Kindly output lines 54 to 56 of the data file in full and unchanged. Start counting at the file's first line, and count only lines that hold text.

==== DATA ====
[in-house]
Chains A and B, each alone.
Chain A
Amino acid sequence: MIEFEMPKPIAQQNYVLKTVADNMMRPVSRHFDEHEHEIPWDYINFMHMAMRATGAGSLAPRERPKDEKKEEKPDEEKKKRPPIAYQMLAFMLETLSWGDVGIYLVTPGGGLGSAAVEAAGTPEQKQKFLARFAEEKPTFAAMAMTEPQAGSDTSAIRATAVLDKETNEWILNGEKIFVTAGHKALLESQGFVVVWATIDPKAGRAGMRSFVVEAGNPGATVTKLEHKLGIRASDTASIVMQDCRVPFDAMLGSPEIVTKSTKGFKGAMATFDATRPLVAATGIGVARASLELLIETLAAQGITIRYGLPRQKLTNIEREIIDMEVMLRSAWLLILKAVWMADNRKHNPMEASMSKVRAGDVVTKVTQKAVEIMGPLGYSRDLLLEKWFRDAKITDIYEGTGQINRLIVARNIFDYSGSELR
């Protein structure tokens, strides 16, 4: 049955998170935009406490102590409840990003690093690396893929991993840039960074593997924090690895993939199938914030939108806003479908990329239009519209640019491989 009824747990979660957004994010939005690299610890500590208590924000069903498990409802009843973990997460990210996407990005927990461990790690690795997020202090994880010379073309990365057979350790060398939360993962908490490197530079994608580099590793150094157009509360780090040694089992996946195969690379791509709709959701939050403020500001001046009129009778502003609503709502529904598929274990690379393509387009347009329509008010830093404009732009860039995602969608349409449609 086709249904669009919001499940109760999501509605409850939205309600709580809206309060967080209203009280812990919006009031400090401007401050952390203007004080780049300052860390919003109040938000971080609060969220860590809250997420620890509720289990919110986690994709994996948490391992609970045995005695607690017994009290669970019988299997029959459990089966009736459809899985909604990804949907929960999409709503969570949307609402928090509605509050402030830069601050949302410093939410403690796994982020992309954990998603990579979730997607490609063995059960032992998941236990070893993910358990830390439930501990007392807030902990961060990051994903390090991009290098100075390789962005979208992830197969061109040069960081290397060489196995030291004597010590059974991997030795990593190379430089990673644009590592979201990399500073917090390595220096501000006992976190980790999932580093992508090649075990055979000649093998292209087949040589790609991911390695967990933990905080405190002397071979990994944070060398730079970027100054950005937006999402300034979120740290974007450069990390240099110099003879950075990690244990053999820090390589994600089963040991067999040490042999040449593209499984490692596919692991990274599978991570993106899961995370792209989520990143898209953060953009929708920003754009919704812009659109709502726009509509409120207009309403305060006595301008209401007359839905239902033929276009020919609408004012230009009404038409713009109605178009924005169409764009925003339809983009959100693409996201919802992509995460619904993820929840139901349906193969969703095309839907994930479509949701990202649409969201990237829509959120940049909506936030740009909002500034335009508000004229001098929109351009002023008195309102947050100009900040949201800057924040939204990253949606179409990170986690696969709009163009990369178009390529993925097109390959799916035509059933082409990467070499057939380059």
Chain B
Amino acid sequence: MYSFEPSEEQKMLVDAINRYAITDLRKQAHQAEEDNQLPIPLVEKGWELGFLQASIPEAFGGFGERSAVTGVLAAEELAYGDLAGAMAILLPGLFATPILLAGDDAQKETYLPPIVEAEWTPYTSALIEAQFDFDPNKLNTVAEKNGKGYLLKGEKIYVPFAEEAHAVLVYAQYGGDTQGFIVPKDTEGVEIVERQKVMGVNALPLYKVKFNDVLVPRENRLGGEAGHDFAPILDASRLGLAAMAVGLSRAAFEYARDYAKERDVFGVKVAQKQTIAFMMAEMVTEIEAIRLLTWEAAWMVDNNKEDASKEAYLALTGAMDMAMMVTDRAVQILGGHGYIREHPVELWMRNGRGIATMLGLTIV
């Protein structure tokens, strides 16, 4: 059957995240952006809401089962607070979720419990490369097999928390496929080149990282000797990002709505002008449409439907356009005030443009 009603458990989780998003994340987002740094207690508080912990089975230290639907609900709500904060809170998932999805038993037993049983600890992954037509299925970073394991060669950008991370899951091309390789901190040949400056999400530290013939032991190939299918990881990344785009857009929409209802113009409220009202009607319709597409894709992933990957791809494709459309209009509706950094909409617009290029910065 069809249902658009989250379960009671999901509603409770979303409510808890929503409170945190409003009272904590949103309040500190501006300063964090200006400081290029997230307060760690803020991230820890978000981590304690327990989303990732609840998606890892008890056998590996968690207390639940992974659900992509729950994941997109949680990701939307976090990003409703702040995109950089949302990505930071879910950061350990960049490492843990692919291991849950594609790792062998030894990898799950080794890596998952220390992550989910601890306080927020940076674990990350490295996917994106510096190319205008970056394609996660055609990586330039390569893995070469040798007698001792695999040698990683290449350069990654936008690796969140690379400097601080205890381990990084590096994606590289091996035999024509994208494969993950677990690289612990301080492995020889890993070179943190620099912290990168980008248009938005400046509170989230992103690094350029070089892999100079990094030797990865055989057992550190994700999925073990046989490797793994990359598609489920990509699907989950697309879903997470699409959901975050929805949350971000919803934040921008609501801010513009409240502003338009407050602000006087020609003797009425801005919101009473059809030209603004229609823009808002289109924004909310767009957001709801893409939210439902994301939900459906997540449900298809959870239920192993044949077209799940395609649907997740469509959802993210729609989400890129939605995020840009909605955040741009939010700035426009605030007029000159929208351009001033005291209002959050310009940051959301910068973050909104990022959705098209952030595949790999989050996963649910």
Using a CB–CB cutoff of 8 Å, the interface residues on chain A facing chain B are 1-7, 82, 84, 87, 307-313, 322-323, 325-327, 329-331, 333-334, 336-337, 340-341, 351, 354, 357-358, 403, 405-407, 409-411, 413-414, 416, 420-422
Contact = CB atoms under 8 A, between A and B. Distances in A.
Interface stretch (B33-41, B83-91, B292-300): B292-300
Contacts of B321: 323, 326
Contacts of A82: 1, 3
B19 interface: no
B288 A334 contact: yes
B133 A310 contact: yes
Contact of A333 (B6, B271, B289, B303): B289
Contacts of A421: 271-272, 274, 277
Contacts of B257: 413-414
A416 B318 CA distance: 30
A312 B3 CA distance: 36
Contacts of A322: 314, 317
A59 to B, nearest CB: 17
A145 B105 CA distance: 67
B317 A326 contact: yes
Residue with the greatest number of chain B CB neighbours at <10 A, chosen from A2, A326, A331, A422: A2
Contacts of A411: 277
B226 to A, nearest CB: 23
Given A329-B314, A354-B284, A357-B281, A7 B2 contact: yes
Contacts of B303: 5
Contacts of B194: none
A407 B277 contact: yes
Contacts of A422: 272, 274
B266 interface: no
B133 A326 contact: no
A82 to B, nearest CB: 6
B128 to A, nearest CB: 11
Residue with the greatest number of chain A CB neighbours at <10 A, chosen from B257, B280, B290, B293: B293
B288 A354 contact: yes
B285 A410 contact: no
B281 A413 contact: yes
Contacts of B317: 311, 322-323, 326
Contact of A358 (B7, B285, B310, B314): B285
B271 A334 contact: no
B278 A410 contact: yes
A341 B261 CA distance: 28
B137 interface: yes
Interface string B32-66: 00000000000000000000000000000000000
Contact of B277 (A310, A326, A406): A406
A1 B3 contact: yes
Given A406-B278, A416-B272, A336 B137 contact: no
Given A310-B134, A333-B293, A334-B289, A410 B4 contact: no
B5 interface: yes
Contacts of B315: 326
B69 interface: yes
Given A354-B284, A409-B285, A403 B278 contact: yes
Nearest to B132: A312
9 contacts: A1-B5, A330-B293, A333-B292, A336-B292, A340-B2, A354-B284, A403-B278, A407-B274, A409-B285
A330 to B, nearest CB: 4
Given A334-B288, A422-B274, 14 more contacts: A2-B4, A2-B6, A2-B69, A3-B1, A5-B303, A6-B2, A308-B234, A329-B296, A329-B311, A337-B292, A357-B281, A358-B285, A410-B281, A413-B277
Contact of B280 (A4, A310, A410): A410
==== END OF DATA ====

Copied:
Contacts of B315: 326
B69 interface: yes
Given A354-B284, A409-B285, A403 B278 contact: yes